Letter: Brookswood trees belong to homeowners

Dear Editor,

Most property owners of Brookswood/Fernridge probably aren’t aware of the oppressive measures to control their trees in the draft Community Plan, given two readings on Feb. 3 and sent back for another open house for public input.

The punitive measures have not been up front in the public presentations to date.

The tree lobby pressured council to enact a tree-cutting bylaw back around 2005.

A bylaw was prepared and went to a public information meeting at the Brookswood fire hall in 2007. It was so restrictive and cost-punishing, that residents rejected it and council wisely axed it.

Now it’s back, even more intolerable, within the draft Community Plan, in the form of Development Permit Area D, which covers all of Brookswood/Fernridge.  

It also ties it all into the onerous Subdivision & Development Bylaw, which defines “Significant Tree” as basically most common species, over three metres (10 feet) high, regardless of trunk diameter.

This overkill will treat existing homeowners like big developers, where they have to submit detailed plans prepared by expensive BC Land Surveyors, arborists, and landscape architects for one-lot single-building or small projects.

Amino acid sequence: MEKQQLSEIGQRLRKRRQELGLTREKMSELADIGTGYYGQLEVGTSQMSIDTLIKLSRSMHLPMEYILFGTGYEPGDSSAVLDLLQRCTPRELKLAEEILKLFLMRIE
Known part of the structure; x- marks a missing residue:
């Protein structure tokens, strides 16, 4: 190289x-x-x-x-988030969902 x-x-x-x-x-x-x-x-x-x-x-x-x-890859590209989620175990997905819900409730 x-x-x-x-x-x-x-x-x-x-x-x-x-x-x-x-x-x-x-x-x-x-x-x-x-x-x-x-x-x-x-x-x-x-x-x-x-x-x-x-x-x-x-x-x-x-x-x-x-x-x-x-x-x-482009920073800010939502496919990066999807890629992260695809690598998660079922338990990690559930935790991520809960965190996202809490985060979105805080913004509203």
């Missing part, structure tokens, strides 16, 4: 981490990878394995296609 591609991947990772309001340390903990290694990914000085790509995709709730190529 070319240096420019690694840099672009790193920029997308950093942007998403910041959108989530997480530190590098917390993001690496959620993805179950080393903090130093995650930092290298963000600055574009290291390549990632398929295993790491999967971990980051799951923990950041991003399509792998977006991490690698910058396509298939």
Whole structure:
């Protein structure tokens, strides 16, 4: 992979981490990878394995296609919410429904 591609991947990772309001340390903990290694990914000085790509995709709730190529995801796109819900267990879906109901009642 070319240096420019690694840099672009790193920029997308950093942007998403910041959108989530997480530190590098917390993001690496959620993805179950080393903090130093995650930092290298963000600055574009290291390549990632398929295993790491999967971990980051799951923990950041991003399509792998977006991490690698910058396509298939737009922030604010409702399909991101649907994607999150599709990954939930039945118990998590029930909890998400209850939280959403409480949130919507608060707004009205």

It appears the whole process is overkill, intended to make it unaffordable and difficult. It could cost a taxpaying homeowner up to $8,000 – and months – just to get through the development permit, then building permit process before even hiring someone to remove a tree.

Large trees have a big residential maintenance cost, like cleaning gutters once a month, storm damage to roofs and vehicles (with scary 300-pound branches falling), root damage to pavement, and constant cleanup.

We should be able to enjoy the use of private property we pay taxes on, trees or no trees, and disturbing the ground (clearing brush, etc.) should be our decision, not bureaucrats’.

Some of us would like to see a little more sunshine and open sky by removing or topping some of our trees. It can be depressing, long winters in the constant shadows, and I don’t think the tree lobby should be depriving us of some natural vitamin D sunshine.

Tall trees may reflect the image of the area, pre-development, but let’s be honest, it’s illusionary to think that you can transform rural to urban, build dense housing, and still have tall trees dominate the form and character.

Who’s trees are they? As a private property taxpayer, I do not see it as my responsibility to provide free trees for others.

Nothing prevents someone from purchasing land, growing their own trees, and paying the taxes.

It’s bureaucracy unhinged. We need council to resist the tree lobby and stand up for our property rights.

Roland Seguin, Fernridge

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